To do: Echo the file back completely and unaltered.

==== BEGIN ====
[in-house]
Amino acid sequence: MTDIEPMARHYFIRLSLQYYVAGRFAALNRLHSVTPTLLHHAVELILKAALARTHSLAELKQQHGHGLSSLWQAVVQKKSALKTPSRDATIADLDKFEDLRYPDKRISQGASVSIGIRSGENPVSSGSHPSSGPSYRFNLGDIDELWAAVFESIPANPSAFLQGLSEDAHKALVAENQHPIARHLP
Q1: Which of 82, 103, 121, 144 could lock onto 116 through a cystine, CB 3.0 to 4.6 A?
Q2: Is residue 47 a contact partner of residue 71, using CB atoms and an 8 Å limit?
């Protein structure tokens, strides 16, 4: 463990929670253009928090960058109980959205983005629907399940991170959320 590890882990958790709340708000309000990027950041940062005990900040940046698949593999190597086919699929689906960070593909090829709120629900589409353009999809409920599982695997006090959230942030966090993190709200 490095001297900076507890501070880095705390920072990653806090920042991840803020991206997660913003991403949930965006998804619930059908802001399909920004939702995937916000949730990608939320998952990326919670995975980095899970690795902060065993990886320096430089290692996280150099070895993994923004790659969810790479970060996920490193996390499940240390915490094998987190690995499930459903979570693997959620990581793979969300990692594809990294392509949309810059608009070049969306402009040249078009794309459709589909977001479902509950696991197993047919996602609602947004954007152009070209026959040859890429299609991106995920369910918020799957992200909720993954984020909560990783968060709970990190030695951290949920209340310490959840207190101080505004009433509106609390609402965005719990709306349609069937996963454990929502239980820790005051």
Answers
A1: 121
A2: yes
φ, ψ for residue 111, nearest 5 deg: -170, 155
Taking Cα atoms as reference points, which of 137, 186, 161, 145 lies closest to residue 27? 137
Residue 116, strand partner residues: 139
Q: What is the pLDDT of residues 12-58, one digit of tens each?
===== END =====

[in-house]
Amino acid sequence: MTDIEPMARHYFIRLSLQYYVAGRFAALNRLHSVTPTLLHHAVELILKAALARTHSLAELKQQHGHGLSSLWQAVVQKKSALKTPSRDATIADLDKFEDLRYPDKRISQGASVSIGIRSGENPVSSGSHPSSGPSYRFNLGDIDELWAAVFESIPANPSAFLQGLSEDAHKALVAENQHPIARHLP
Q1: Which of 82, 103, 121, 144 could lock onto 116 through a cystine, CB 3.0 to 4.6 A?
Q2: Is residue 47 a contact partner of residue 71, using CB atoms and an 8 Å limit?
């Protein structure tokens, strides 16, 4: 463990929670253009928090960058109980959205983005629907399940991170959320 590890882990958790709340708000309000990027950041940062005990900040940046698949593999190597086919699929689906960070593909090829709120629900589409353009999809409920599982695997006090959230942030966090993190709200 490095001297900076507890501070880095705390920072990653806090920042991840803020991206997660913003991403949930965006998804619930059908802001399909920004939702995937916000949730990608939320998952990326919670995975980095899970690795902060065993990886320096430089290692996280150099070895993994923004790659969810790479970060996920490193996390499940240390915490094998987190690995499930459903979570693997959620990581793979969300990692594809990294392509949309810059608009070049969306402009040249078009794309459709589909977001479902509950696991197993047919996602609602947004954007152009070209026959040859890429299609991106995920369910918020799957992200909720993954984020909560990783968060709970990190030695951290949920209340310490959840207190101080505004009433509106609390609402965005719990709306349609069937996963454990929502239980820790005051």
Answers
A1: 121
A2: yes
φ, ψ for residue 111, nearest 5 deg: -170, 155
Taking Cα atoms as reference points, which of 137, 186, 161, 145 lies closest to residue 27? 137
Residue 116, strand partner residues: 139
Q: What is the pLDDT of residues 12-58, one digit of tens each?